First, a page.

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China’s 1 trillion yuan EV, solar and battery exports face overcapacity concerns as US, EU anxieties grow

In World
February 24, 2024

China’s 1 trillion yuan (US$139 billion) exports of electric vehicles, lithium batteries and solar cells could face a new round of challenges this year, as Western policymakers have reflected “genuine anxieties” about overcapacity distorting their markets.

Legal action and tariff increases by the United States and European Union against a perceived oversupply of cheap products could set back a critical segment of the world’s second-largest economy, unless China diversifies away from the West and also boosts domestic demand, analysts said.

“The key question is how these industries struggle against these growing headwinds, which aren’t just tied to finding new commercial opportunities, but balancing against geopolitical and trade policy risks, as well,” said Nick Marro, lead analyst for global trade with the Economist Intelligence Unit.

“I think it will be less of an ‘excuse’ for Western policymakers to engage in protectionism, and more a reflection of genuine anxieties around whether these products are distorting their own markets.”

You can get a sort of immediate protective effect by raising an anti-dumping case

Jayant Menon

He also noted there is a “growing sentiment” in Western capitals that work against the idea of having their consumers subsidise China’s growth engine.

The European Commission has launched anti-subsidy investigations into Chinese EVs and a train maker, while the US Department of Commerce placed import duties on solar panel makers that finish products in Southeast Asia to avoid tariffs on made-in-China goods.

The US government already bars EV battery materials from China as a “foreign entity of concern”.

The Ukraine war, which marks its second anniversary on Saturday, is also a factor affecting China’s ties with Western markets, with the British government on Thursday announcing a new package of sanctions against Russia that included three Chinese electronics companies.

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“You can get a sort of immediate protective effect by raising an anti-dumping case,” said Jayant Menon, a senior fellow at the ISEAS-Yusof Ishak Institute in Singapore.

“Once a competitor loses that market share, it’s difficult for the country to recover it.”

Chinese manufacturers would be able to make 4,800 gigawatt-hours of batteries in 2025, four times the demand of its EV makers, according to online investment publication Gelonghui.

The annual supply capacity of solar panels reached between 800 gigawatts and 1,100 gigawatts last year, well ahead of projected global demand of some 300 gigawatts, according to the Economist Intelligence Unit.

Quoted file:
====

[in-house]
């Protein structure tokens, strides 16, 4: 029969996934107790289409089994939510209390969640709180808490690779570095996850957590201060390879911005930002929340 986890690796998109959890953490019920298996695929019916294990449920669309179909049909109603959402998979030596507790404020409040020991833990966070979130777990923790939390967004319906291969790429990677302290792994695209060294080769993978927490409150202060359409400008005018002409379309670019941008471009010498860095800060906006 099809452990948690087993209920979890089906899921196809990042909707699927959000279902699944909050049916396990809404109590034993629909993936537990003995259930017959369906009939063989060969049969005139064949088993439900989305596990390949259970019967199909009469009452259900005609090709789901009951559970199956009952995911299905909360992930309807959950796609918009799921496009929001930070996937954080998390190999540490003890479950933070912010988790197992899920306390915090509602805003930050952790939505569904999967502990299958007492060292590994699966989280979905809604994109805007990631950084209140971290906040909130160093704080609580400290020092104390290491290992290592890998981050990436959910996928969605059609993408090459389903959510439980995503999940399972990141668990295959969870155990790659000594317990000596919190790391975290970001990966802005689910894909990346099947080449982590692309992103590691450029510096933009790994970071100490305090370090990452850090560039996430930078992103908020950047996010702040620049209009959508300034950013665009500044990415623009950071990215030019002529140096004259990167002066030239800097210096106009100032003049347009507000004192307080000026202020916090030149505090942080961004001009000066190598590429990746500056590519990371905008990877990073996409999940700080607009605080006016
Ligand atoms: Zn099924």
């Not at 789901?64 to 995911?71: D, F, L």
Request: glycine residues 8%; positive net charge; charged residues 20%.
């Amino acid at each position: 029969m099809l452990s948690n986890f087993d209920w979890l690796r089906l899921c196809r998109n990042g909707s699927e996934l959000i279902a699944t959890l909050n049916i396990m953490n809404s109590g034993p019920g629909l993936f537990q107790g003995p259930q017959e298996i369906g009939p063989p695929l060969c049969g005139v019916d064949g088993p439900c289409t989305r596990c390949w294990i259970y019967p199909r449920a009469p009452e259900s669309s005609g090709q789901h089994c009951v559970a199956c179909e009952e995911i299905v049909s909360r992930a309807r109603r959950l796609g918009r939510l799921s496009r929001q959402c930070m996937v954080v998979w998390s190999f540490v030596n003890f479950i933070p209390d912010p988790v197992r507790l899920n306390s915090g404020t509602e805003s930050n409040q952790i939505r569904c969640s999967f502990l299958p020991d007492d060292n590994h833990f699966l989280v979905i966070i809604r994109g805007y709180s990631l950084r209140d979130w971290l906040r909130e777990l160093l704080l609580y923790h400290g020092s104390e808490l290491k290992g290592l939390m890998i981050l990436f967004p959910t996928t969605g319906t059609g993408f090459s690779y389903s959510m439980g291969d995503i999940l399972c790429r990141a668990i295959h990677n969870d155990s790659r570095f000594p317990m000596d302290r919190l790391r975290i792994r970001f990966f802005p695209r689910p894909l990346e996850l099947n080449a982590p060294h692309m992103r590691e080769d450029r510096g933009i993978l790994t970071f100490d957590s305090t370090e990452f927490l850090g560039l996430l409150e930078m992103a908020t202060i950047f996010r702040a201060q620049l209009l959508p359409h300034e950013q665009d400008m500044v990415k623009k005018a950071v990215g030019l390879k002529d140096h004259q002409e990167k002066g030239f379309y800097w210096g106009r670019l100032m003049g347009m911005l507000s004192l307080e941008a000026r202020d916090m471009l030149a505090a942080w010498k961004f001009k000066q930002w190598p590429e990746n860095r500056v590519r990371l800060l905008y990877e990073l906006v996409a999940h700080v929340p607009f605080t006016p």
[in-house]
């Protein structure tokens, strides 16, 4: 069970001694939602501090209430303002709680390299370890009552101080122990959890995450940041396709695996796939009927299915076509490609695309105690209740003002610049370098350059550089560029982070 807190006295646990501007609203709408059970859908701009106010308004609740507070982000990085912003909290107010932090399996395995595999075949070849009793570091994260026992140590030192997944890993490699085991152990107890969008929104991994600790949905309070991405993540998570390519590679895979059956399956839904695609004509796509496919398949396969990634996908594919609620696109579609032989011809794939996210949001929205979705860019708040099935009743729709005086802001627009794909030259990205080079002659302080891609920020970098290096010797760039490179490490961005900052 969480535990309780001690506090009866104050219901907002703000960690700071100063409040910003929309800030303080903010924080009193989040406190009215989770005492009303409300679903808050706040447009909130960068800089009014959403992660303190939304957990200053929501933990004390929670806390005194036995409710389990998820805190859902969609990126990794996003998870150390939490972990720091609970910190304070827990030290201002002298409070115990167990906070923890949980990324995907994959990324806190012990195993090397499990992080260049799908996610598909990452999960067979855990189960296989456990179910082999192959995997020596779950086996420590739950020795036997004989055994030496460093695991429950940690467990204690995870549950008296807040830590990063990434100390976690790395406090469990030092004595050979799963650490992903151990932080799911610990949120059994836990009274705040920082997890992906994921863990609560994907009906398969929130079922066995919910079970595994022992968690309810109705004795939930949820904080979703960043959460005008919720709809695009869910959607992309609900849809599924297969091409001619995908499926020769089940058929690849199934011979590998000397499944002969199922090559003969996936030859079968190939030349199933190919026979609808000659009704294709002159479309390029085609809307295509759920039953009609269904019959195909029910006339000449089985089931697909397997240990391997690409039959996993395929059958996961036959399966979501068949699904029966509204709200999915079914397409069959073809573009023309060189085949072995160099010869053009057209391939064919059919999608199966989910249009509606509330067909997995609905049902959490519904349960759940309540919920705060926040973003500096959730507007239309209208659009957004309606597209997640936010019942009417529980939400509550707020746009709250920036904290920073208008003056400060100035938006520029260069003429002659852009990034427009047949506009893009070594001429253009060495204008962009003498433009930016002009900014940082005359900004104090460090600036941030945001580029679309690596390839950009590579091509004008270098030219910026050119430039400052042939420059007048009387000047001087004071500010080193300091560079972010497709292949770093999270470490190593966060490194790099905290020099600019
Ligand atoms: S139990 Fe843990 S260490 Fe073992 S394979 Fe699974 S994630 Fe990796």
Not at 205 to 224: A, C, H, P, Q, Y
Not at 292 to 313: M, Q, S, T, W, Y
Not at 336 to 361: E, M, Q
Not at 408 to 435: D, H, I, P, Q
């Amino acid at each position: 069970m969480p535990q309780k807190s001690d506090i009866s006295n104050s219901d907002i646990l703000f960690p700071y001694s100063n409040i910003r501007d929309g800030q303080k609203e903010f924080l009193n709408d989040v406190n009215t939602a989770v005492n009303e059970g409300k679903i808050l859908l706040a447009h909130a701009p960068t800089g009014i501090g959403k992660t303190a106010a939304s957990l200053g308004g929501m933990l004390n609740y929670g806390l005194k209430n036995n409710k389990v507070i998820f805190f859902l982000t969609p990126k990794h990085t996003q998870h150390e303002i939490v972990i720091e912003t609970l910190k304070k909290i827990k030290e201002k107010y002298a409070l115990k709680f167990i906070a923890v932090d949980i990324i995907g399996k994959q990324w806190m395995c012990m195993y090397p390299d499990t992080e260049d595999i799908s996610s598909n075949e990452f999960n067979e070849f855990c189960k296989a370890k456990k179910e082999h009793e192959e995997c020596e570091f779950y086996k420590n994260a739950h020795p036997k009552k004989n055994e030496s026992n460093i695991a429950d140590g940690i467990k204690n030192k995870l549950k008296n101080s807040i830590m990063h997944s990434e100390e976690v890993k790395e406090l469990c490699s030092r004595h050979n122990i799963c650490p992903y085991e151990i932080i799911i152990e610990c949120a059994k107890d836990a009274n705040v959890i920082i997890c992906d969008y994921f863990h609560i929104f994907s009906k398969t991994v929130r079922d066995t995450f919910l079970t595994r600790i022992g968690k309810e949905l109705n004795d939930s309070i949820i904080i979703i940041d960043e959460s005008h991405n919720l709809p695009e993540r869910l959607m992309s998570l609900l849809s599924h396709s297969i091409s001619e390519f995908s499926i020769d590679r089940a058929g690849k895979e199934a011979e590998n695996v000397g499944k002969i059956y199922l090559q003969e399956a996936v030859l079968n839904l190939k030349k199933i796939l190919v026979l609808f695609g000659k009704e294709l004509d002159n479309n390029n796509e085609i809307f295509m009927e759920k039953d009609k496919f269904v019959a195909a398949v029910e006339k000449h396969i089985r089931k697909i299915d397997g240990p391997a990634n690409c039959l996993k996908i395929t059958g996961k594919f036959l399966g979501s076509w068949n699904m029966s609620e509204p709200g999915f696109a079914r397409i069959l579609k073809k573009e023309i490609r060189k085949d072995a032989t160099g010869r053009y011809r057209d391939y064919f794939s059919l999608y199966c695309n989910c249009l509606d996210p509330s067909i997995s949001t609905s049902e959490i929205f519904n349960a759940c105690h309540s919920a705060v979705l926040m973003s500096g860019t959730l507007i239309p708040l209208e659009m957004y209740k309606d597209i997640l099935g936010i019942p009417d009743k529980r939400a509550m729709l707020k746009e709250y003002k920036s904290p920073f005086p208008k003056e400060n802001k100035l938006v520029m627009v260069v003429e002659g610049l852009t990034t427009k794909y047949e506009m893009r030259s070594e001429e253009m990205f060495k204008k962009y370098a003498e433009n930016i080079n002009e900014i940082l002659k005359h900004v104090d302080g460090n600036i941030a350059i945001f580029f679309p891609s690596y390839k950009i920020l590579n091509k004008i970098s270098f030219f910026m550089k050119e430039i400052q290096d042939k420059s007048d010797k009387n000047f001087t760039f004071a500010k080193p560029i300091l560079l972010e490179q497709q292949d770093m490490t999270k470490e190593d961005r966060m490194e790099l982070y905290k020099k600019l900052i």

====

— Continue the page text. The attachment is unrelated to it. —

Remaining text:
Expanding domestic demand is a difficult undertaking that takes time, effort, and perhaps most importantly domestic reforms

Wang Zichen

Chen Zhiwu, chair professor of finance at the University of Hong Kong, said that local governments provide venture capital, land tax breaks to EV companies.

“Beijing recognises insufficient domestic demand is a key economic challenge,” said Wang Zichen, a research fellow at the Beijing-based Centre for China and Globalisation.

“However, expanding domestic demand is a difficult undertaking that takes time, effort, and perhaps most importantly, domestic reforms.”

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Marro added that China’s trade frictions are as much tied to the economic challenges that it is struggling with at home.

“Deflationary forces and weak domestic demand tie back to the slowing Chinese growth engine and weak consumer confidence,” he said.

“The worsening imbalances in the Chinese economy regarding savings and investment are naturally replicated in the trade arena.”


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In a paper issued in February 2023, the MIT Technology Review said that the development of batteries and EVs offered China’s automotive sector growth opportunities during the coronavirus pandemic as well as more weight in “climate policy leadership”.

And China can ease overcapacity and avoid the wrath of Western countries by setting up factories in the US or Europe – which is already an “option” – or in Southeast Asia, said Peng Peng, executive chairman of the Guangdong Society of Reform.

Producers can also sell their hardware to India or other parts of the world that are not aligned with the US or Europe because the sheer number of other potential non-Western markets can help offset dips in demand, Peng added.

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